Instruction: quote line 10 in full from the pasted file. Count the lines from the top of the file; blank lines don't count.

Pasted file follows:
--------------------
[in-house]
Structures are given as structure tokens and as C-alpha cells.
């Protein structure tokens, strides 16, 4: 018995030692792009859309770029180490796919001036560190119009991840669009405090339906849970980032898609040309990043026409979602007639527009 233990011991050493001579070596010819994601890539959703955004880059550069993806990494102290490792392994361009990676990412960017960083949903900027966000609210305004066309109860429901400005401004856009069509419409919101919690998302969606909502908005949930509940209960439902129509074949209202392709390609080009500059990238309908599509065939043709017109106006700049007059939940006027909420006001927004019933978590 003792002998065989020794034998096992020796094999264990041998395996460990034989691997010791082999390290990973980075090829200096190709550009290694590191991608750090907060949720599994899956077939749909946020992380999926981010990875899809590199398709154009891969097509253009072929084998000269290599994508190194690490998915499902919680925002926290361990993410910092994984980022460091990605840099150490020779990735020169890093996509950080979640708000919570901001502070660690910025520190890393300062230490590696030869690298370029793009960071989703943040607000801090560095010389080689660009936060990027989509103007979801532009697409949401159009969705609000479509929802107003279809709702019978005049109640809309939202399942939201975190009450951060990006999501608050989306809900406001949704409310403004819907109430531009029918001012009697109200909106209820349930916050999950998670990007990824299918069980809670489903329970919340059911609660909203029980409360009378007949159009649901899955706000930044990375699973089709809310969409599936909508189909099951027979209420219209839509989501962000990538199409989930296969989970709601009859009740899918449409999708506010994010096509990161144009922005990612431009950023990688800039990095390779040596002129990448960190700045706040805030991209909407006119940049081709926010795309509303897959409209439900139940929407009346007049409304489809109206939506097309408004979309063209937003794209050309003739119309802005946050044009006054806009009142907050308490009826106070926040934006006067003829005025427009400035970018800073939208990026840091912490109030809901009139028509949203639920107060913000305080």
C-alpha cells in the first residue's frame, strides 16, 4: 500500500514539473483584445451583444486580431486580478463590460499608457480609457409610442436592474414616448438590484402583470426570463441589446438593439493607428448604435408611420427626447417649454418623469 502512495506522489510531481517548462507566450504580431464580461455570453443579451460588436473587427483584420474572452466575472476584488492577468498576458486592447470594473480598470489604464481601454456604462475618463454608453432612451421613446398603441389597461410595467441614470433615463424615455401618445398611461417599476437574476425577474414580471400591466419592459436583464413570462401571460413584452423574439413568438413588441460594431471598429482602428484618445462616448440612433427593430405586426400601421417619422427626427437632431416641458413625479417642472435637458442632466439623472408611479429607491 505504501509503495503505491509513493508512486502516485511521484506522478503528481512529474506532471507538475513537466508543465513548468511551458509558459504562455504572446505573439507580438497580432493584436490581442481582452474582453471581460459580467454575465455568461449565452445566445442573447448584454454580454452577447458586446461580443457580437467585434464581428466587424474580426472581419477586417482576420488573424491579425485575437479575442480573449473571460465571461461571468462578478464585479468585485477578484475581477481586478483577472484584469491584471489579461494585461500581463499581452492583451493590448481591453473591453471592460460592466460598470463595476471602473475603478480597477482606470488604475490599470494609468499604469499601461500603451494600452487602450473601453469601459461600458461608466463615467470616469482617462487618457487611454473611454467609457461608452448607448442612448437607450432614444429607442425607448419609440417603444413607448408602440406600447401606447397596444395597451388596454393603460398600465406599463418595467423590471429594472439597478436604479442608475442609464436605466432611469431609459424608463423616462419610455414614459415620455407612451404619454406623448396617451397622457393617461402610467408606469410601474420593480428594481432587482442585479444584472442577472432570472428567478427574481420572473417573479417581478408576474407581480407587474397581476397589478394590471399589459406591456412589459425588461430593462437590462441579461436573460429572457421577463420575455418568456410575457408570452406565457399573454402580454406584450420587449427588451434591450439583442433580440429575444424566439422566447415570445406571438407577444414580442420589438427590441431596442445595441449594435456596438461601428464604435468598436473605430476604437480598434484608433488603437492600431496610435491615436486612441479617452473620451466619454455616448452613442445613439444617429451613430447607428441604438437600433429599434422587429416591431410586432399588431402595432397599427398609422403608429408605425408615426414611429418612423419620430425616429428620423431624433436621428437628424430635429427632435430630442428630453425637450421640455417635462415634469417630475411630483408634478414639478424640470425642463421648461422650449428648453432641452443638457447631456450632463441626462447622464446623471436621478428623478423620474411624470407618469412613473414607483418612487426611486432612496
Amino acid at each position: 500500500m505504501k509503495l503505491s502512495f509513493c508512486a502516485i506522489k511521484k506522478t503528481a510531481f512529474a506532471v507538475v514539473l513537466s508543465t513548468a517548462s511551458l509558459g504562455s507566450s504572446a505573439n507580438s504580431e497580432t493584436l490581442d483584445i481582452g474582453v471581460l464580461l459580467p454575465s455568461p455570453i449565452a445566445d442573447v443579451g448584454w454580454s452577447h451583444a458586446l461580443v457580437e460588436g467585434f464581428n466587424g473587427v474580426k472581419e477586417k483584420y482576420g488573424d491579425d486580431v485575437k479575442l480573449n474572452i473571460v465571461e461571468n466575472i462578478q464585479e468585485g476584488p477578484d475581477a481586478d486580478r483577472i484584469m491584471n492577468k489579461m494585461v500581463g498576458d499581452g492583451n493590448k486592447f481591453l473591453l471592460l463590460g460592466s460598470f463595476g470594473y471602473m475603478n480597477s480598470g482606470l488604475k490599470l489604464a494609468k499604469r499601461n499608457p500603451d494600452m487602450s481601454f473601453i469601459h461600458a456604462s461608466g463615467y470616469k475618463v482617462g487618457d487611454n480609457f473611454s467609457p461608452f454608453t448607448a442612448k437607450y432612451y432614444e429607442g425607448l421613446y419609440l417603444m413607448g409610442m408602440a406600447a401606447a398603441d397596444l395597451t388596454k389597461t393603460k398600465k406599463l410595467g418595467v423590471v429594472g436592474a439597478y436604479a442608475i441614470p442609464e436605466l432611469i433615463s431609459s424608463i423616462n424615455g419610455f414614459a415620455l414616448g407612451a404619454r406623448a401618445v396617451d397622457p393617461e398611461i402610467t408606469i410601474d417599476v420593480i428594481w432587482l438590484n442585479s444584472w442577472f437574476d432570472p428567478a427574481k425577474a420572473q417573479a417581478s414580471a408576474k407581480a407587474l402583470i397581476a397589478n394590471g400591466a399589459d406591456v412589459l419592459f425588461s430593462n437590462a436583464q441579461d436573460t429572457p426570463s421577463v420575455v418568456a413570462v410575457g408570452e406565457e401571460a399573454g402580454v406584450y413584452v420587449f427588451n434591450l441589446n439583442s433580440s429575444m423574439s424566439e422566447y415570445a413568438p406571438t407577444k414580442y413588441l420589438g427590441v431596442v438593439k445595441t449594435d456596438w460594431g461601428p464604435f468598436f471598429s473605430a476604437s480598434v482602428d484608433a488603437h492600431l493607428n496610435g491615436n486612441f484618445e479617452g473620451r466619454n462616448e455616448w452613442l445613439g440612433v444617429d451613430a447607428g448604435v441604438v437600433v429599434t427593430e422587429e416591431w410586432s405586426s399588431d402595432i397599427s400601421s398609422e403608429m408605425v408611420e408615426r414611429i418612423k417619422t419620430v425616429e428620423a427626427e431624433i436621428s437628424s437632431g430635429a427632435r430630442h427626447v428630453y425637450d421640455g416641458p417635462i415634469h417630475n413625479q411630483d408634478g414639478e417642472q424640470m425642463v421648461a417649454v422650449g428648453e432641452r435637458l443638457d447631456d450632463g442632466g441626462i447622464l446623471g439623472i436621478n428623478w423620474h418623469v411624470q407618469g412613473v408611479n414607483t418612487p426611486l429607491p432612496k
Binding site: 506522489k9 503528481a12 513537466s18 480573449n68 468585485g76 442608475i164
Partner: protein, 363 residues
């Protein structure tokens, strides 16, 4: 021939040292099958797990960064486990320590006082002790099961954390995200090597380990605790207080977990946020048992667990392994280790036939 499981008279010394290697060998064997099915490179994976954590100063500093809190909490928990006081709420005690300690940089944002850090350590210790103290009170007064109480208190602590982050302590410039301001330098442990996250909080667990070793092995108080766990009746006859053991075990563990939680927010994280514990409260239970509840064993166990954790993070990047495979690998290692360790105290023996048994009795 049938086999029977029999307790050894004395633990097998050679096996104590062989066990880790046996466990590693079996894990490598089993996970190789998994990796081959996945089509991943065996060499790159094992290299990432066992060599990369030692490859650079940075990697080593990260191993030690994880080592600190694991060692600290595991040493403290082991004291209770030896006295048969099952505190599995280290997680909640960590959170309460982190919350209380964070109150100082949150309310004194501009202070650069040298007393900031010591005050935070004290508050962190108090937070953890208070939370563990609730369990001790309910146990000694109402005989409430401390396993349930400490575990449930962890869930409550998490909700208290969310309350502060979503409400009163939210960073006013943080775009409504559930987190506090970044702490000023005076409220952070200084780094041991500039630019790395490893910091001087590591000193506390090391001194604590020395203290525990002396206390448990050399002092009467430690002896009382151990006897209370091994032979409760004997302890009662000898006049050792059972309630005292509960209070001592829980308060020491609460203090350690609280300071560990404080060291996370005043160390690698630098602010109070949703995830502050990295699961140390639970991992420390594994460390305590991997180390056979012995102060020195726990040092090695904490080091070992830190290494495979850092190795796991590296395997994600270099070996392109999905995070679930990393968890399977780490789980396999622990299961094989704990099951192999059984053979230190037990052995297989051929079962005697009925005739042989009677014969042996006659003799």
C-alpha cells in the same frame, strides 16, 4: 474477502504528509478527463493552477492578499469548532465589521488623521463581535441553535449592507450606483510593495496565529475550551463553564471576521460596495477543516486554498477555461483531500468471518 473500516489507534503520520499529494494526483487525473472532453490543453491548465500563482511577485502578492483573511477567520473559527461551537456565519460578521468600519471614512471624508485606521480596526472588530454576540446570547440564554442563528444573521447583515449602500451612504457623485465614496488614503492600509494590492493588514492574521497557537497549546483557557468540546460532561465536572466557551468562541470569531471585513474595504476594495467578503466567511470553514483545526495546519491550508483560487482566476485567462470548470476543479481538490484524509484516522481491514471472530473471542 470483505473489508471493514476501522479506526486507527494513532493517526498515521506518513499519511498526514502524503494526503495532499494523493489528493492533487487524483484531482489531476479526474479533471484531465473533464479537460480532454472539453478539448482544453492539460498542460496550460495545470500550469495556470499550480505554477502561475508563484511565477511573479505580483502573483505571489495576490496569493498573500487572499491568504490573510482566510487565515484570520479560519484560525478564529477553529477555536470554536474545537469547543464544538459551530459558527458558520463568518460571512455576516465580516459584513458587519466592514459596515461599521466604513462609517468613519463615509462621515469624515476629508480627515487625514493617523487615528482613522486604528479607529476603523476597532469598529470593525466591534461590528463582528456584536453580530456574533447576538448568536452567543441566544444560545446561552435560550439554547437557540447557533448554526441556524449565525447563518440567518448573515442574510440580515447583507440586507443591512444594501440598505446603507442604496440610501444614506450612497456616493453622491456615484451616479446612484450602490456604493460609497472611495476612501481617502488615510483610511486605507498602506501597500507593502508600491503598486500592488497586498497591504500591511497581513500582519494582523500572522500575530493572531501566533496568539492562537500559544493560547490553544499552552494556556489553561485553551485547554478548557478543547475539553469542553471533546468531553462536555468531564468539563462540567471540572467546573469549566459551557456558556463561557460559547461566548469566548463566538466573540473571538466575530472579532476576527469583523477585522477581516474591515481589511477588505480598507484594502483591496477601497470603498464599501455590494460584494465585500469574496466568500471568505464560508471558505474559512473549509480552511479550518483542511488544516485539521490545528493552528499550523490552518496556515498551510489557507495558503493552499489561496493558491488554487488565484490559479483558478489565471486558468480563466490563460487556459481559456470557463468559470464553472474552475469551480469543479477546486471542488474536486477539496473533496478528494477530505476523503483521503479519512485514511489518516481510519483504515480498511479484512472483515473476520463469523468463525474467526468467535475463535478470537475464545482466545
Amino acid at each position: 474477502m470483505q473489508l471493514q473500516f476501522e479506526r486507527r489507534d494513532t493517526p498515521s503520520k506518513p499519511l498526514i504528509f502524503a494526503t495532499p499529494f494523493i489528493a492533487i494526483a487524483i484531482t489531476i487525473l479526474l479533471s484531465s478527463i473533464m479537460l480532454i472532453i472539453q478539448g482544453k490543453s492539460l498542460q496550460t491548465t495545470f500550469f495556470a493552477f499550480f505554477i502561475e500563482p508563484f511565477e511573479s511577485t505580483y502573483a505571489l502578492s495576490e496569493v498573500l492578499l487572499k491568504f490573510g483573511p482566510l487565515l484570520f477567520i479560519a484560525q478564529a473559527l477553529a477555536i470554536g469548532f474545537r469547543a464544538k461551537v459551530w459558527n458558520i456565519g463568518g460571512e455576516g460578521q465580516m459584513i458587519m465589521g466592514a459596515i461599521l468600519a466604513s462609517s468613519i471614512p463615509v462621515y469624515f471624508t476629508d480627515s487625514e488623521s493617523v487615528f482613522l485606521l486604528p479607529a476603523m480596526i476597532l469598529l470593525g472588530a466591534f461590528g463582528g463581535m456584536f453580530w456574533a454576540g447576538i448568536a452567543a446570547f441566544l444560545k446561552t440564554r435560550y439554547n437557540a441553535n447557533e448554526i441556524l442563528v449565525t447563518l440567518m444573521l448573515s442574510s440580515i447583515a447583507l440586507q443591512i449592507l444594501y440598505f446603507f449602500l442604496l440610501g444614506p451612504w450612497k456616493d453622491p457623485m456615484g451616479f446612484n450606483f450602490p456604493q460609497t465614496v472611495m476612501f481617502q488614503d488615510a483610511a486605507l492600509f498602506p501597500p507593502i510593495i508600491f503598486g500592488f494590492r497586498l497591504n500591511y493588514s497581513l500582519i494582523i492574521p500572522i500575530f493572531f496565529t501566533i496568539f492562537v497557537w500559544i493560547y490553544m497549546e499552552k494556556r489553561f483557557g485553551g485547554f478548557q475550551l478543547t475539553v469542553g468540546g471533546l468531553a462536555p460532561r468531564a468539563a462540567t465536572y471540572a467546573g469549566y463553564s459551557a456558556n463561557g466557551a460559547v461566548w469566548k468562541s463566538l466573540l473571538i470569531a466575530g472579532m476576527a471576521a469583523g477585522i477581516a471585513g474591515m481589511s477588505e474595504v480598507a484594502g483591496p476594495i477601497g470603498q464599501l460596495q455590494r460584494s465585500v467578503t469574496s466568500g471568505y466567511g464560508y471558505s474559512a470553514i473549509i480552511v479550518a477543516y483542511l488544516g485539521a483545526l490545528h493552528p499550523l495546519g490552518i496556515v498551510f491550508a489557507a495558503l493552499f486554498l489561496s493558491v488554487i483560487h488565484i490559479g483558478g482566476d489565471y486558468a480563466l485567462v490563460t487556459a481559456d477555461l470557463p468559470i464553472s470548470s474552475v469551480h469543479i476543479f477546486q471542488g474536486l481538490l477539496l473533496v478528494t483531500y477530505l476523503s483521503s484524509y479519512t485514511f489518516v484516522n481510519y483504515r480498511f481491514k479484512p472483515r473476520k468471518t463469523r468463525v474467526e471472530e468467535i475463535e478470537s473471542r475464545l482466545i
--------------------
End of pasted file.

Amino acid at each position: 474477502m470483505q473489508l471493514q473500516f476501522e479506526r486507527r489507534d494513532t493517526p498515521s503520520k506518513p499519511l498526514i504528509f502524503a494526503t495532499p499529494f494523493i489528493a492533487i494526483a487524483i484531482t489531476i487525473l479526474l479533471s484531465s478527463i473533464m479537460l480532454i472532453i472539453q478539448g482544453k490543453s492539460l498542460q496550460t491548465t495545470f500550469f495556470a493552477f499550480f505554477i502561475e500563482p508563484f511565477e511573479s511577485t505580483y502573483a505571489l502578492s495576490e496569493v498573500l492578499l487572499k491568504f490573510g483573511p482566510l487565515l484570520f477567520i479560519a484560525q478564529a473559527l477553529a477555536i470554536g469548532f474545537r469547543a464544538k461551537v459551530w459558527n458558520i456565519g463568518g460571512e455576516g460578521q465580516m459584513i458587519m465589521g466592514a459596515i461599521l468600519a466604513s462609517s468613519i471614512p463615509v462621515y469624515f471624508t476629508d480627515s487625514e488623521s493617523v487615528f482613522l485606521l486604528p479607529a476603523m480596526i476597532l469598529l470593525g472588530a466591534f461590528g463582528g463581535m456584536f453580530w456574533a454576540g447576538i448568536a452567543a446570547f441566544l444560545k446561552t440564554r435560550y439554547n437557540a441553535n447557533e448554526i441556524l442563528v449565525t447563518l440567518m444573521l448573515s442574510s440580515i447583515a447583507l440586507q443591512i449592507l444594501y440598505f446603507f449602500l442604496l440610501g444614506p451612504w450612497k456616493d453622491p457623485m456615484g451616479f446612484n450606483f450602490p456604493q460609497t465614496v472611495m476612501f481617502q488614503d488615510a483610511a486605507l492600509f498602506p501597500p507593502i510593495i508600491f503598486g500592488f494590492r497586498l497591504n500591511y493588514s497581513l500582519i494582523i492574521p500572522i500575530f493572531f496565529t501566533i496568539f492562537v497557537w500559544i493560547y490553544m497549546e499552552k494556556r489553561f483557557g485553551g485547554f478548557q475550551l478543547t475539553v469542553g468540546g471533546l468531553a462536555p460532561r468531564a468539563a462540567t465536572y471540572a467546573g469549566y463553564s459551557a456558556n463561557g466557551a460559547v461566548w469566548k468562541s463566538l466573540l473571538i470569531a466575530g472579532m476576527a471576521a469583523g477585522i477581516a471585513g474591515m481589511s477588505e474595504v480598507a484594502g483591496p476594495i477601497g470603498q464599501l460596495q455590494r460584494s465585500v467578503t469574496s466568500g471568505y466567511g464560508y471558505s474559512a470553514i473549509i480552511v479550518a477543516y483542511l488544516g485539521a483545526l490545528h493552528p499550523l495546519g490552518i496556515v498551510f491550508a489557507a495558503l493552499f486554498l489561496s493558491v488554487i483560487h488565484i490559479g483558478g482566476d489565471y486558468a480563466l485567462v490563460t487556459a481559456d477555461l470557463p468559470i464553472s470548470s474552475v469551480h469543479i476543479f477546486q471542488g474536486l481538490l477539496l473533496v478528494t483531500y477530505l476523503s483521503s484524509y479519512t485514511f489518516v484516522n481510519y483504515r480498511f481491514k479484512p472483515r473476520k468471518t463469523r468463525v474467526e471472530e468467535i475463535e478470537s473471542r475464545l482466545i